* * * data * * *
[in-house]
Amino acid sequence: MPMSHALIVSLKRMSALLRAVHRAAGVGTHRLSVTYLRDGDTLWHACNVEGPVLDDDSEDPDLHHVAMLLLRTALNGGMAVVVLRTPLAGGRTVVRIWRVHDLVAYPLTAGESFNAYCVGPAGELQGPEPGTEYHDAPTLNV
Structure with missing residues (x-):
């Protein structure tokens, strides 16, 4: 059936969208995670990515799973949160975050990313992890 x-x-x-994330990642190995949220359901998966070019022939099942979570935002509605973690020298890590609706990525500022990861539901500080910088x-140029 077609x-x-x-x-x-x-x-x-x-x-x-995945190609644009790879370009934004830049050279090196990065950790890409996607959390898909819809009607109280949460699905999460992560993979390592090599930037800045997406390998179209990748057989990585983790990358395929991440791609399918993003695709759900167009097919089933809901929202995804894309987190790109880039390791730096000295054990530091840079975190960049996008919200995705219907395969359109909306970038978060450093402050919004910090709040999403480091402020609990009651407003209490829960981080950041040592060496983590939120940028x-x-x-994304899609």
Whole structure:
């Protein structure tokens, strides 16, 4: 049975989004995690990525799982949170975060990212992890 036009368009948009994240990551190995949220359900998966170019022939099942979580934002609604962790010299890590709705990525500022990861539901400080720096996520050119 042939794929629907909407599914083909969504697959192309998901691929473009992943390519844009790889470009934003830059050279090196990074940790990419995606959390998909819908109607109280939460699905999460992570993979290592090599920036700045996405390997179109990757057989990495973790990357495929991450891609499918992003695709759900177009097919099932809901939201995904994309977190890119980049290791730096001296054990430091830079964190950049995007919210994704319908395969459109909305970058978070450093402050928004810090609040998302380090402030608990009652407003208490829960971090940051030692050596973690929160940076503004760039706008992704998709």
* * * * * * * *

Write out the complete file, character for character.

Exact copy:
[in-house]
Amino acid sequence: MPMSHALIVSLKRMSALLRAVHRAAGVGTHRLSVTYLRDGDTLWHACNVEGPVLDDDSEDPDLHHVAMLLLRTALNGGMAVVVLRTPLAGGRTVVRIWRVHDLVAYPLTAGESFNAYCVGPAGELQGPEPGTEYHDAPTLNV
Structure with missing residues (x-):
């Protein structure tokens, strides 16, 4: 059936969208995670990515799973949160975050990313992890 x-x-x-994330990642190995949220359901998966070019022939099942979570935002509605973690020298890590609706990525500022990861539901500080910088x-140029 077609x-x-x-x-x-x-x-x-x-x-x-995945190609644009790879370009934004830049050279090196990065950790890409996607959390898909819809009607109280949460699905999460992560993979390592090599930037800045997406390998179209990748057989990585983790990358395929991440791609399918993003695709759900167009097919089933809901929202995804894309987190790109880039390791730096000295054990530091840079975190960049996008919200995705219907395969359109909306970038978060450093402050919004910090709040999403480091402020609990009651407003209490829960981080950041040592060496983590939120940028x-x-x-994304899609």
Whole structure:
């Protein structure tokens, strides 16, 4: 049975989004995690990525799982949170975060990212992890 036009368009948009994240990551190995949220359900998966170019022939099942979580934002609604962790010299890590709705990525500022990861539901400080720096996520050119 042939794929629907909407599914083909969504697959192309998901691929473009992943390519844009790889470009934003830059050279090196990074940790990419995606959390998909819908109607109280939460699905999460992570993979290592090599920036700045996405390997179109990757057989990495973790990357495929991450891609499918992003695709759900177009097919099932809901939201995904994309977190890119980049290791730096001296054990430091830079964190950049995007919210994704319908395969459109909305970058978070450093402050928004810090609040998302380090402030608990009652407003208490829960971090940051030692050596973690929160940076503004760039706008992704998709």